Finally, between shows I ducked into a cafe-slash-thrift-store. I went inside because of the hail storm, and lingered for 45 minutes because of the scene: teens and university kids digging through boxes and bins, picking up vintage Moschino jackets and random varsity sweaters, soft college radio flannel and stiff embroidered denim. It wasn’t a runway story being told through clothes, or a tribe being sewn together through a rare but shared experience—just kids buying into who they want to be, based on what they could find in a giant room of stuff someone else used to wear.
As for me, I wanted to stop being cold and wet, so I bought a giant sweater… and pretended it was J.W. Anderson, at least when I swished out the door.
While fashion month is currently buzzing through Europe predicting everything we’ll be wearing next winter, we’re way more curious to see which trends are going to stick around for the entire year. With that in mind, we reached out to three fashion authorities from Nordstrom, Net-A-Porter, and Bloomingdales for a full forecast of the year ahead, giving us the lowdown on the biggest hits of 2020. Read on for their insight for the styles to stock up on, plus the two trends they’re leaving behind the last decade, here.
We saw colored leather take over the Spring 2020 runways, from the deep violets and blues of Sies Marjan to Khaite’s luxurious forest green pieces. According to Erica Russo, vice president and fashion director of accessories and beauty at Bloomingdales, this trend is showing no signs of slowing down in 2020.
Russo points out that a rainbow array of styles, both real and faux, are set to be one of the year’s biggest ready-to-wear trends. “Colors vary from pastels for spring and jewel tones in fall, and are available in everything from dresses and jumpsuits to pants.”
As more designers opt for animal-free versions, specifically ones with an ethical and sustainable lens (take Nanushka, for example), this trend is a no-brainer.
If you had any doubts that the puff sleeve was on its way out, think again. “The puff sleeve is here to stay,” says Russo. While runway iterations tend to “go big or go home”—just take anything from buzzy Copenhagen-based designer Cecilie Bahnsen—there are plenty of less intimidating styles fit for the puff sleeve newcomer.
“From red carpet looks to your not-so-basic white tee, the puffy sleeve can modernize a classic silhouette,” says Russo. It’s also is a flattering style for all body types. “Adding drama and volume to your shoulder draws the eye up and gives the illusion of a smaller waist,” she adds.
If Birkenstock’s 246-year history tells us anything, it’s that when a product is really good, it can outlast any trend. Slap a designer label on the cork-soled sandals beloved by cool moms, tech guys, and matcha latte-toting Brooklyn hipsters alike, and it’s undefeatable. From its goth fling with Rick Owens to seeing red with Italian fashion house Valentino to getting the glitter treatment at Opening Ceremony, there isn’t a designer itch Birkenstock isn’t willing to scratch. Next up on the list? Proenza Schouler.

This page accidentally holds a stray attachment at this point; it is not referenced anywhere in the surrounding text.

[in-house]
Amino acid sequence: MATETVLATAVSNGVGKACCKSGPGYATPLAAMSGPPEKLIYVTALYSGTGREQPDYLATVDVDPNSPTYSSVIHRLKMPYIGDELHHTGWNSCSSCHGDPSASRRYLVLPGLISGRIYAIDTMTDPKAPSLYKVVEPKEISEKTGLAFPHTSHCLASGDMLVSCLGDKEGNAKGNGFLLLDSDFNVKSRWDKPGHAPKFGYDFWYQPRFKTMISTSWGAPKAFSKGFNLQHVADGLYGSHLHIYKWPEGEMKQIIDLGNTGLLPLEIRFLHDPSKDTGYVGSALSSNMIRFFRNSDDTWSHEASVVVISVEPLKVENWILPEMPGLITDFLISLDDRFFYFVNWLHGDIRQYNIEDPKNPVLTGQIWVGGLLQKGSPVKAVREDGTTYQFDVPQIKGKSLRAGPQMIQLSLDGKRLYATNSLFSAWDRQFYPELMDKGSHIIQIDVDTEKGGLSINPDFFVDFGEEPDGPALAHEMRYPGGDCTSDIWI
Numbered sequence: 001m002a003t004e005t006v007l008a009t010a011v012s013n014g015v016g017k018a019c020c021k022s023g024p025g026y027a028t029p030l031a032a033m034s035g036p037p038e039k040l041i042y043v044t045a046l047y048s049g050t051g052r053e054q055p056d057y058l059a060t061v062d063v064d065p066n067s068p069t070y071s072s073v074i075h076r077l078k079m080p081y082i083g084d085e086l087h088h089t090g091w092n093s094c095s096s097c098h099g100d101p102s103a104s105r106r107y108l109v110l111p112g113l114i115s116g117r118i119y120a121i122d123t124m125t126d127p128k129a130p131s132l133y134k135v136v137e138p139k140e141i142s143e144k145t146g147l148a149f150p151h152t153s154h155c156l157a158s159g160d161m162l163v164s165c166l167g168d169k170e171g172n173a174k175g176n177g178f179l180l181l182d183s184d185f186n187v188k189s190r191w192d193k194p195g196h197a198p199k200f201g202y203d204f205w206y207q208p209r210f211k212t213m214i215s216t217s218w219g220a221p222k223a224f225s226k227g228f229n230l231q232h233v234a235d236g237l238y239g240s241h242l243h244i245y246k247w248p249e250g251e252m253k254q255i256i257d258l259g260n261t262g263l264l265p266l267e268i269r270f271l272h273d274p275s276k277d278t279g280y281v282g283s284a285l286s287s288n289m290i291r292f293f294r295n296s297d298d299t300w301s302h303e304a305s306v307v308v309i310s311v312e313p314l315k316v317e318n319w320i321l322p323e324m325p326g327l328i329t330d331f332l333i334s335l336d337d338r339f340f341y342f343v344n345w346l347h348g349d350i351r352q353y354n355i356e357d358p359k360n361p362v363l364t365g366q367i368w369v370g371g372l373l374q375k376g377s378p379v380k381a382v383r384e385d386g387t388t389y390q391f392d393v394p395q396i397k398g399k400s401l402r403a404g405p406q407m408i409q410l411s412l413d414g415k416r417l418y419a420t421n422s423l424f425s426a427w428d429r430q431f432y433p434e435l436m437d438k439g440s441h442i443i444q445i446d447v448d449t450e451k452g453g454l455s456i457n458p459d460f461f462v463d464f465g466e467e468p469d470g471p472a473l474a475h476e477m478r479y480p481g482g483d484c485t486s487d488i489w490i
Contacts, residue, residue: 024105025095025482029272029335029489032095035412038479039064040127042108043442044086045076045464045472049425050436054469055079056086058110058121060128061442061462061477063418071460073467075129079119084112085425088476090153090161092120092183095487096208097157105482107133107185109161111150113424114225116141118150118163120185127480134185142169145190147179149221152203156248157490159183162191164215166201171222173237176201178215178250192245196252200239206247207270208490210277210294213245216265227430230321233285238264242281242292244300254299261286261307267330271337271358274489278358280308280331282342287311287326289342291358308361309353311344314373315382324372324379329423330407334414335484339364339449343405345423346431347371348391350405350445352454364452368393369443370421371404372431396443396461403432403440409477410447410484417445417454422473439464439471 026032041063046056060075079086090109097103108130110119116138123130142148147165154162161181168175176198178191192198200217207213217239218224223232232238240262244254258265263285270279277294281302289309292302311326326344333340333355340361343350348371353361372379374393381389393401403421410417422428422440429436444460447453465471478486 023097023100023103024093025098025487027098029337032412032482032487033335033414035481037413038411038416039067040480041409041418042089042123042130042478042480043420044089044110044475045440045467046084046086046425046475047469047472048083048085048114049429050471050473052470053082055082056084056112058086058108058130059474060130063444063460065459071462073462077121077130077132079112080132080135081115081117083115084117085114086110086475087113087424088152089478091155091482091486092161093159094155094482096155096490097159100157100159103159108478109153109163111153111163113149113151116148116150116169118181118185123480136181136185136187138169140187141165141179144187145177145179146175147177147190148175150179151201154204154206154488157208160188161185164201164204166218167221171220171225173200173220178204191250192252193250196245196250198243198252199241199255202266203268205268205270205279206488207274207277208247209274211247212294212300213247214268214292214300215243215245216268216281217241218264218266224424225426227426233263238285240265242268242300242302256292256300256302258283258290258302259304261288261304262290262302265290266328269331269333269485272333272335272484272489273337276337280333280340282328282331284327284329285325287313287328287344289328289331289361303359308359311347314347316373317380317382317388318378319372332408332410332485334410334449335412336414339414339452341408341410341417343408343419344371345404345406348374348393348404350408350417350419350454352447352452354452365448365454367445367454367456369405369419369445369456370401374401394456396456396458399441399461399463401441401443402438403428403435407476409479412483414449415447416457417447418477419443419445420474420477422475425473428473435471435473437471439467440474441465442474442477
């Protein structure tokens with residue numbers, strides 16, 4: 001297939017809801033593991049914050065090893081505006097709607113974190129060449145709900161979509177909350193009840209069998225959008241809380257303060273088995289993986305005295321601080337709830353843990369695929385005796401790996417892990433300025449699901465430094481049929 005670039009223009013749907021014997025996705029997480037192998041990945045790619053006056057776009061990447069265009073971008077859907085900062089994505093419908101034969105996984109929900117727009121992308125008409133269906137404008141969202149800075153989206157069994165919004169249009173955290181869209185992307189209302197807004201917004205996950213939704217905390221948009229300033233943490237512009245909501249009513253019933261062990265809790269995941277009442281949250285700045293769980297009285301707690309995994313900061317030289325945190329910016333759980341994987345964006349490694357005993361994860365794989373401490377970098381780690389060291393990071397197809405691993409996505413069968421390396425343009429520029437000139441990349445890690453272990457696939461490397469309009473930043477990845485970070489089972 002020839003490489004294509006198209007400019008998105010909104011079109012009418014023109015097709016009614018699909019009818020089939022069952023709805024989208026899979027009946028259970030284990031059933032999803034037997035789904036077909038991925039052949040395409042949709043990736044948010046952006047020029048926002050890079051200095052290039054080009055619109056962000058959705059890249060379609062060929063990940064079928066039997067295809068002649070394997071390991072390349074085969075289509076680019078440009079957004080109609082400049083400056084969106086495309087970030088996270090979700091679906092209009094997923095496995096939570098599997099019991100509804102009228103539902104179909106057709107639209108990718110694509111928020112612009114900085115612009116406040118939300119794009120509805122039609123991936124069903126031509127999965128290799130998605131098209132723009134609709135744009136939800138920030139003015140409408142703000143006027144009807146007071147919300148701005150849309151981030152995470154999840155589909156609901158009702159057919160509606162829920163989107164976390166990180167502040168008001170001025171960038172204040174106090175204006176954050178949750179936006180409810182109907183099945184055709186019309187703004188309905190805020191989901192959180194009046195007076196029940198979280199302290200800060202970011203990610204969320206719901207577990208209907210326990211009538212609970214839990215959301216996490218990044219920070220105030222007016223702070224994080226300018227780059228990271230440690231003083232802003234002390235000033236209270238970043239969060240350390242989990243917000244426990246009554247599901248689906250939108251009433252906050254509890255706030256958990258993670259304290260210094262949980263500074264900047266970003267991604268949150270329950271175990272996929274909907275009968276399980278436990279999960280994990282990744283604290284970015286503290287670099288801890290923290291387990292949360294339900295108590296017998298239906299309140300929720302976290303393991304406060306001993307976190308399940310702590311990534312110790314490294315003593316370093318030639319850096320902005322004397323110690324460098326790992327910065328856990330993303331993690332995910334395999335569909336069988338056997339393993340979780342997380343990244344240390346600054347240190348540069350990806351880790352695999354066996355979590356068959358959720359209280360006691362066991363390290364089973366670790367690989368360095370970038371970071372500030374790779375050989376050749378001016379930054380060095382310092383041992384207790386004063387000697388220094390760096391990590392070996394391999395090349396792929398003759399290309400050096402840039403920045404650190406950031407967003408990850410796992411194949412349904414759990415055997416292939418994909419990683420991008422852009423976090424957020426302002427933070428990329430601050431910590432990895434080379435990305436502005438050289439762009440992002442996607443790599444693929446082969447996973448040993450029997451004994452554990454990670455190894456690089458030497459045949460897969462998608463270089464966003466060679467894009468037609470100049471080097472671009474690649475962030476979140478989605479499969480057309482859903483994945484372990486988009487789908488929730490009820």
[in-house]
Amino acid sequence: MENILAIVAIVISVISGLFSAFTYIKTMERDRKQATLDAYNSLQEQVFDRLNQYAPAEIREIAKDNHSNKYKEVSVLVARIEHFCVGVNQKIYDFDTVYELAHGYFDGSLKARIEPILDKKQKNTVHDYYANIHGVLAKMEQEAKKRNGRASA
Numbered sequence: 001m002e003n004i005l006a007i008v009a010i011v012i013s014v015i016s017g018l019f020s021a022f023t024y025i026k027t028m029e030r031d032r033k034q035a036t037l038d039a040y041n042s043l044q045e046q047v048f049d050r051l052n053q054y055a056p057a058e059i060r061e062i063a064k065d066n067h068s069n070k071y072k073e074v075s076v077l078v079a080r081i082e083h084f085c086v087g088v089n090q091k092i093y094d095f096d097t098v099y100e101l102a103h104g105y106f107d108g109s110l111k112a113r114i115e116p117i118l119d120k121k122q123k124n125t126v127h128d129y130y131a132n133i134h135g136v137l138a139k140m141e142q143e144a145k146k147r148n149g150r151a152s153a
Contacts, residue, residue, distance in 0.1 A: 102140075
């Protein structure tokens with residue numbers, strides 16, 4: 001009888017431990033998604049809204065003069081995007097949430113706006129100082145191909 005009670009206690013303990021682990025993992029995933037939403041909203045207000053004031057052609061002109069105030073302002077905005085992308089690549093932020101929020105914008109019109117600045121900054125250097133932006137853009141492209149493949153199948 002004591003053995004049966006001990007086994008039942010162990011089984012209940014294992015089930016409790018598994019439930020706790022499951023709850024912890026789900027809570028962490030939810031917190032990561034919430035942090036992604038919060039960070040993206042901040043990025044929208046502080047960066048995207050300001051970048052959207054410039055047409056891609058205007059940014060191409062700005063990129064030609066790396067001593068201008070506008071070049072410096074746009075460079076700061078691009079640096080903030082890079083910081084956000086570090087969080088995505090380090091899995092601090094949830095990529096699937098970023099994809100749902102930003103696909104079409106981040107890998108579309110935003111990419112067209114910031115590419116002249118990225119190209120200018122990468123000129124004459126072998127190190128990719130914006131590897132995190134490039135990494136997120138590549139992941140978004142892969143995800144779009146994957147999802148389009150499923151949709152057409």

You’ll always remember the shoes you wore on your favorite vacation or first concert. For Proenza Schouler’s Jack McCollough and Lazaro Hernandez, it was Birkenstocks. The classic shoe evokes their easy, carefree teenage years where Hernandez wore the casual slip-on sandal on vacation with friends and the slip-on provided comfort while McCollough chased his then-favorite band Grateful Dead around the US.
Available now exclusively on Net-a-Porter, the six-piece collaboration takes cues from Proenza Schouler’s youthful, downtown cool aesthetic, which emphasizes rich textures and tones, and revamps Birkenstocks iconic Milano and Arizona styles. What sticks out the most are the four new glossy colors in black, silver, white, and ochre as well as the top-stitch detailing and velcro taking the place of Birkenstocks’ signature buckle. “We wanted to keep its spirit, its hardcore functionality, but reduce the whole thing down to its pure essence,”Hernandez toldW Magazine of the “off-duty” shoe.McCollough added that Birkenstocks come in handy backstage at fashion shows and in other stressful environments.
Eight nascent brands that are paving a new frontier of fashion will advance to the final for the 2020 LVMH Prize for Young Fashion Designers. This diverse class of contenders, narrowed down from 20 brands during the February semifinal, hail from Tokyo, Cape Town, London, and New York. LVMH also announced that Rihanna, Virgil Abloh, and Stella McCartney will join the jury in deciding the winners of both the LVMH Prize and the Karl Lagerfeld Prize on June 5 at Paris’s Fondation Louis Vuitton.
“This year, once more, the semi-finalists impressed us with their creativity and their commitment to creating clothes that are respectful of the environment,” said Delphine Arnault, director and executive vice president of Louis Vuitton, in a statement. “I would like to congratulate all of them!”
The nominees are Ahluwalia by Priya Ahluwalia, Casablanca by Charaf Tajer, Chopova Lowena by Emma Chopova and Laura Lowena, Nicholas Daley by Nicholas Daley, Peter Do by Peter Do, Sindiso Khumalo by Sindiso Khumalo, Supriya Lele by Supriya Lele, and Tomo Koizumi by Tomotoka Koizumi.
Luxury fashion retailers 24S and MatchesFashion will also include the eight finalists on their platforms to increase international exposure.
Other fashion moguls who will also be present on the panel of judges include Nicolas Ghesquière, Maria Grazia Chiuri, Marc Jacobs, Clare Waight Keller, Sidney Toledano, Kris Van Assche, Jonathan Anderson, Delphine Arnault, and Jean-Paul Claverie.